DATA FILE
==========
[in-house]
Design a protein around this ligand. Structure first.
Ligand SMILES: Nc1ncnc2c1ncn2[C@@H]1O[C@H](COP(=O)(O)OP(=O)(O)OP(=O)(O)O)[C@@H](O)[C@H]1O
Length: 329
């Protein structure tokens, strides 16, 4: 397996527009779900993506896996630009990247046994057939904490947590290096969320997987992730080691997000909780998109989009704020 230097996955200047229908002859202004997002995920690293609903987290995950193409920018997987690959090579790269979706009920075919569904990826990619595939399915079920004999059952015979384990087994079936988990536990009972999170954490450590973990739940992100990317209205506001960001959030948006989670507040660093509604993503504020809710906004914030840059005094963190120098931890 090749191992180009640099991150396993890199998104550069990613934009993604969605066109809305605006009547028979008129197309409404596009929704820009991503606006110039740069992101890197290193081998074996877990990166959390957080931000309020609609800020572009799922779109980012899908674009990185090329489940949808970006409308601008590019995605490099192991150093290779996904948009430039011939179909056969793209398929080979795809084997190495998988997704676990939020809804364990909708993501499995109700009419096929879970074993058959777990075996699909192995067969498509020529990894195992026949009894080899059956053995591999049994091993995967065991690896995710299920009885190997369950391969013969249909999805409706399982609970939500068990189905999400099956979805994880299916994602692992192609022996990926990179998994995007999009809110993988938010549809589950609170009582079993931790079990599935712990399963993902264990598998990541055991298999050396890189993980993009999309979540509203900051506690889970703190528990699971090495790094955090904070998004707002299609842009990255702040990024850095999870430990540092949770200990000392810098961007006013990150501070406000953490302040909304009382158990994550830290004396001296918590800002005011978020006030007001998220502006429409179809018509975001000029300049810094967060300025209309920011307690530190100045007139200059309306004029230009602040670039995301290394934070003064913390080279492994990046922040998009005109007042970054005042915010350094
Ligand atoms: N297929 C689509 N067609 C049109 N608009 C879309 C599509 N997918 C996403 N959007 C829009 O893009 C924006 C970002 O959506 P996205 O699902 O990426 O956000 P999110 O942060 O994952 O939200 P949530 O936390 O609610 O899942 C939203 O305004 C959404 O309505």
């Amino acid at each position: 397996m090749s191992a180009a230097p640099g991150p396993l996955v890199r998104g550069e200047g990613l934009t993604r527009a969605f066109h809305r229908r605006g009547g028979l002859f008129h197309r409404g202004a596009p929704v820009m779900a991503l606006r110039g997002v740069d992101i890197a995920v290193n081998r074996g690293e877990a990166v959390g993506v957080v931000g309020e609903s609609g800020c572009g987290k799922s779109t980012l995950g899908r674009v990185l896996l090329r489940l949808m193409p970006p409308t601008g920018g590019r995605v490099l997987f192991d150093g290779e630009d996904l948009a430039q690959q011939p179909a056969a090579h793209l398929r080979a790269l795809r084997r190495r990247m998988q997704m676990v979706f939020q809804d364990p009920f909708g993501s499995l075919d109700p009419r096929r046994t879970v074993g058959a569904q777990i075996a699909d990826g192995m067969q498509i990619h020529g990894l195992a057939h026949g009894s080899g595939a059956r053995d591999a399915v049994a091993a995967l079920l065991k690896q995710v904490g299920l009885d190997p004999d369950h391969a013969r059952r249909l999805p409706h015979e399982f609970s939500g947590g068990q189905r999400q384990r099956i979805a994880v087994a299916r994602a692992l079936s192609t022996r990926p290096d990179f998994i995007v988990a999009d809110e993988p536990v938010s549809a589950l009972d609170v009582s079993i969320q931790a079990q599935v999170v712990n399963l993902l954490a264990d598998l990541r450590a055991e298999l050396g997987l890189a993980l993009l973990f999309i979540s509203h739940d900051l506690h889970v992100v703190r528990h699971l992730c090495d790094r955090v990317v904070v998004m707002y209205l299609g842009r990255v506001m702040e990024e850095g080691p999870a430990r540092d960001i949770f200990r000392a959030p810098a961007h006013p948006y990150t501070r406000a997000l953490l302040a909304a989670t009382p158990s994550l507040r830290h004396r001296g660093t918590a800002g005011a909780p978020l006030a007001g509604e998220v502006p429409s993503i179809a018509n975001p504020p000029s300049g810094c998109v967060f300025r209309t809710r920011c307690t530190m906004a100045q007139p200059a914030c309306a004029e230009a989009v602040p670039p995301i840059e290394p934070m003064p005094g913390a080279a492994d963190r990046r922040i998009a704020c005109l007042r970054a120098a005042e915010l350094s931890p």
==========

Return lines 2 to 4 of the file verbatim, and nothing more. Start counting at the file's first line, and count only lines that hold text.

Design a protein around this ligand. Structure first.
Ligand SMILES: Nc1ncnc2c1ncn2[C@@H]1O[C@H](COP(=O)(O)OP(=O)(O)OP(=O)(O)O)[C@@H](O)[C@H]1O
Length: 329